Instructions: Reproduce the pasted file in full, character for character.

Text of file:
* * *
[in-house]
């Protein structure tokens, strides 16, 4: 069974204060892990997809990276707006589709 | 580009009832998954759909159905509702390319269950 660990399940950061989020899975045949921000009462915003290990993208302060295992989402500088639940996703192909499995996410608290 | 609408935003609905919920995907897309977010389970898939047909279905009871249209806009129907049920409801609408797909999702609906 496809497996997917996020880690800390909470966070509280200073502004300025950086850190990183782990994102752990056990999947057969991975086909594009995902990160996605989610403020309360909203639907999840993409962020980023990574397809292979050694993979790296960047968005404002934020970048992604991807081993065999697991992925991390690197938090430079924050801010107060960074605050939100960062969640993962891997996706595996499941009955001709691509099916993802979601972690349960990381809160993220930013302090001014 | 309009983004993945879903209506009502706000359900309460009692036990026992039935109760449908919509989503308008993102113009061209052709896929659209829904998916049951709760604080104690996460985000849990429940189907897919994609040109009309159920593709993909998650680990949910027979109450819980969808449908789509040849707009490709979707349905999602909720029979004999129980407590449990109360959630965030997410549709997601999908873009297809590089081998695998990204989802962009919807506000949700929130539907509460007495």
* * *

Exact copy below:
[in-house]
């Protein structure tokens, strides 16, 4: 069974204060892990997809990276707006589709 | 580009009832998954759909159905509702390319269950 660990399940950061989020899975045949921000009462915003290990993208302060295992989402500088639940996703192909499995996410608290 | 609408935003609905919920995907897309977010389970898939047909279905009871249209806009129907049920409801609408797909999702609906 496809497996997917996020880690800390909470966070509280200073502004300025950086850190990183782990994102752990056990999947057969991975086909594009995902990160996605989610403020309360909203639907999840993409962020980023990574397809292979050694993979790296960047968005404002934020970048992604991807081993065999697991992925991390690197938090430079924050801010107060960074605050939100960062969640993962891997996706595996499941009955001709691509099916993802979601972690349960990381809160993220930013302090001014 | 309009983004993945879903209506009502706000359900309460009692036990026992039935109760449908919509989503308008993102113009061209052709896929659209829904998916049951709760604080104690996460985000849990429940189907897919994609040109009309159920593709993909998650680990949910027979109450819980969808449908789509040849707009490709979707349905999602909720029979004999129980407590449990109360959630965030997410549709997601999908873009297809590089081998695998990204989802962009919807506000949700929130539907509460007495």